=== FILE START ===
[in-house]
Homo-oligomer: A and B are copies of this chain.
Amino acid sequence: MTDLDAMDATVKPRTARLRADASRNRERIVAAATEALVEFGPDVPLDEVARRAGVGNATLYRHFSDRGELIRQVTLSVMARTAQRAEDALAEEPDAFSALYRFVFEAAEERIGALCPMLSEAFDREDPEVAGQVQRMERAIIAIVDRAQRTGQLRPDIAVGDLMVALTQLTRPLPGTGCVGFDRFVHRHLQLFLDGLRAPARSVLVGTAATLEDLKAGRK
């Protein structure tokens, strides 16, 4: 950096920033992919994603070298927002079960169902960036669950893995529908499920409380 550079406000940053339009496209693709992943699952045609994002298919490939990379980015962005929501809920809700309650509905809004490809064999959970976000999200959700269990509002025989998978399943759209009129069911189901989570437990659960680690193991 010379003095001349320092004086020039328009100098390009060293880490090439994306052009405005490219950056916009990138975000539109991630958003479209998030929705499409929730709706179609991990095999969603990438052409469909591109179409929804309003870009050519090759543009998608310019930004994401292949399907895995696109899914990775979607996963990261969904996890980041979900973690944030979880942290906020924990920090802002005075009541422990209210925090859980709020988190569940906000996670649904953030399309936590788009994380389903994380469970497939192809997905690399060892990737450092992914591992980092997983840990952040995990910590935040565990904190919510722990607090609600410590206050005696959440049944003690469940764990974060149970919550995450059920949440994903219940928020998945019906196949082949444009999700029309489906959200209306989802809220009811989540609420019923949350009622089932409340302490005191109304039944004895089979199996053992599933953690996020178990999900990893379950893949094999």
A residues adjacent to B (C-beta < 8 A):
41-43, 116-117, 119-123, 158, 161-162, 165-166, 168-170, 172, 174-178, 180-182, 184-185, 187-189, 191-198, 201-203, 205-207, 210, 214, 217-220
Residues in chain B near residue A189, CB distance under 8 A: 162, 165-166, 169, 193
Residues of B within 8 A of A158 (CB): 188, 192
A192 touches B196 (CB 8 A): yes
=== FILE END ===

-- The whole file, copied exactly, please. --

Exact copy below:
[in-house]
Homo-oligomer: A and B are copies of this chain.
Amino acid sequence: MTDLDAMDATVKPRTARLRADASRNRERIVAAATEALVEFGPDVPLDEVARRAGVGNATLYRHFSDRGELIRQVTLSVMARTAQRAEDALAEEPDAFSALYRFVFEAAEERIGALCPMLSEAFDREDPEVAGQVQRMERAIIAIVDRAQRTGQLRPDIAVGDLMVALTQLTRPLPGTGCVGFDRFVHRHLQLFLDGLRAPARSVLVGTAATLEDLKAGRK
């Protein structure tokens, strides 16, 4: 950096920033992919994603070298927002079960169902960036669950893995529908499920409380 550079406000940053339009496209693709992943699952045609994002298919490939990379980015962005929501809920809700309650509905809004490809064999959970976000999200959700269990509002025989998978399943759209009129069911189901989570437990659960680690193991 010379003095001349320092004086020039328009100098390009060293880490090439994306052009405005490219950056916009990138975000539109991630958003479209998030929705499409929730709706179609991990095999969603990438052409469909591109179409929804309003870009050519090759543009998608310019930004994401292949399907895995696109899914990775979607996963990261969904996890980041979900973690944030979880942290906020924990920090802002005075009541422990209210925090859980709020988190569940906000996670649904953030399309936590788009994380389903994380469970497939192809997905690399060892990737450092992914591992980092997983840990952040995990910590935040565990904190919510722990607090609600410590206050005696959440049944003690469940764990974060149970919550995450059920949440994903219940928020998945019906196949082949444009999700029309489906959200209306989802809220009811989540609420019923949350009622089932409340302490005191109304039944004895089979199996053992599933953690996020178990999900990893379950893949094999």
A residues adjacent to B (C-beta < 8 A):
41-43, 116-117, 119-123, 158, 161-162, 165-166, 168-170, 172, 174-178, 180-182, 184-185, 187-189, 191-198, 201-203, 205-207, 210, 214, 217-220
Residues in chain B near residue A189, CB distance under 8 A: 162, 165-166, 169, 193
Residues of B within 8 A of A158 (CB): 188, 192
A192 touches B196 (CB 8 A): yes